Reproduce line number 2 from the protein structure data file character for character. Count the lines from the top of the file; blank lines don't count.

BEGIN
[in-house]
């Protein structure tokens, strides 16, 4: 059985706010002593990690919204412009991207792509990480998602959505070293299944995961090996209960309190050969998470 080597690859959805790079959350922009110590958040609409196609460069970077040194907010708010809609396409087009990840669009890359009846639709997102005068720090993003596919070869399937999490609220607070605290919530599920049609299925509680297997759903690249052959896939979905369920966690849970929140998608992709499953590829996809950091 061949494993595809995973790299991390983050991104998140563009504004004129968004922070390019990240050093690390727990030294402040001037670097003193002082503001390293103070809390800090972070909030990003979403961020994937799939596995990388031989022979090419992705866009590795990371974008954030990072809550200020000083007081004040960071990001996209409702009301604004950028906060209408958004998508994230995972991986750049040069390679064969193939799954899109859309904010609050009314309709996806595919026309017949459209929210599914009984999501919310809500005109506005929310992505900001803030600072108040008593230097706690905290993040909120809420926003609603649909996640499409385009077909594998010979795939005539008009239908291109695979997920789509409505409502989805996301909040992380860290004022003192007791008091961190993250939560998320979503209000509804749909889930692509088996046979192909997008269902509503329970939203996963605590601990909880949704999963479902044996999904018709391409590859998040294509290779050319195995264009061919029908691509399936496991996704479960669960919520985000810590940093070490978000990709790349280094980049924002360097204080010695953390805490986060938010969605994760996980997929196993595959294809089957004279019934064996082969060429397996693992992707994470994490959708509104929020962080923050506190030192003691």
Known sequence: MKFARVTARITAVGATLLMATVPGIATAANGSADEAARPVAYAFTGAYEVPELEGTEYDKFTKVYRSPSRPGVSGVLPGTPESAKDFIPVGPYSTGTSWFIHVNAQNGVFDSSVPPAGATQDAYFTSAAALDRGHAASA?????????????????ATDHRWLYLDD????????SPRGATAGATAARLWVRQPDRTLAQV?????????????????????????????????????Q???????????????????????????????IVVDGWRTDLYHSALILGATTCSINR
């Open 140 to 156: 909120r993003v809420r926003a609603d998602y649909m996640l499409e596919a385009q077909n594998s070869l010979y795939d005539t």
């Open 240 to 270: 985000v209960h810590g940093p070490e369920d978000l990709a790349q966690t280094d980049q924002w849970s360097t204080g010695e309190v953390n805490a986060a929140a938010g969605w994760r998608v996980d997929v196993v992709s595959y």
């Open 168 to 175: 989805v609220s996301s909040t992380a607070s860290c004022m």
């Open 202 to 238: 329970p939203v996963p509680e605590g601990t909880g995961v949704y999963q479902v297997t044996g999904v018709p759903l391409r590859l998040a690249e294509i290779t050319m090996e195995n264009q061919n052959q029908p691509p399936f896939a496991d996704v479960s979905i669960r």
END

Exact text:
């Protein structure tokens, strides 16, 4: 059985706010002593990690919204412009991207792509990480998602959505070293299944995961090996209960309190050969998470 080597690859959805790079959350922009110590958040609409196609460069970077040194907010708010809609396409087009990840669009890359009846639709997102005068720090993003596919070869399937999490609220607070605290919530599920049609299925509680297997759903690249052959896939979905369920966690849970929140998608992709499953590829996809950091 061949494993595809995973790299991390983050991104998140563009504004004129968004922070390019990240050093690390727990030294402040001037670097003193002082503001390293103070809390800090972070909030990003979403961020994937799939596995990388031989022979090419992705866009590795990371974008954030990072809550200020000083007081004040960071990001996209409702009301604004950028906060209408958004998508994230995972991986750049040069390679064969193939799954899109859309904010609050009314309709996806595919026309017949459209929210599914009984999501919310809500005109506005929310992505900001803030600072108040008593230097706690905290993040909120809420926003609603649909996640499409385009077909594998010979795939005539008009239908291109695979997920789509409505409502989805996301909040992380860290004022003192007791008091961190993250939560998320979503209000509804749909889930692509088996046979192909997008269902509503329970939203996963605590601990909880949704999963479902044996999904018709391409590859998040294509290779050319195995264009061919029908691509399936496991996704479960669960919520985000810590940093070490978000990709790349280094980049924002360097204080010695953390805490986060938010969605994760996980997929196993595959294809089957004279019934064996082969060429397996693992992707994470994490959708509104929020962080923050506190030192003691």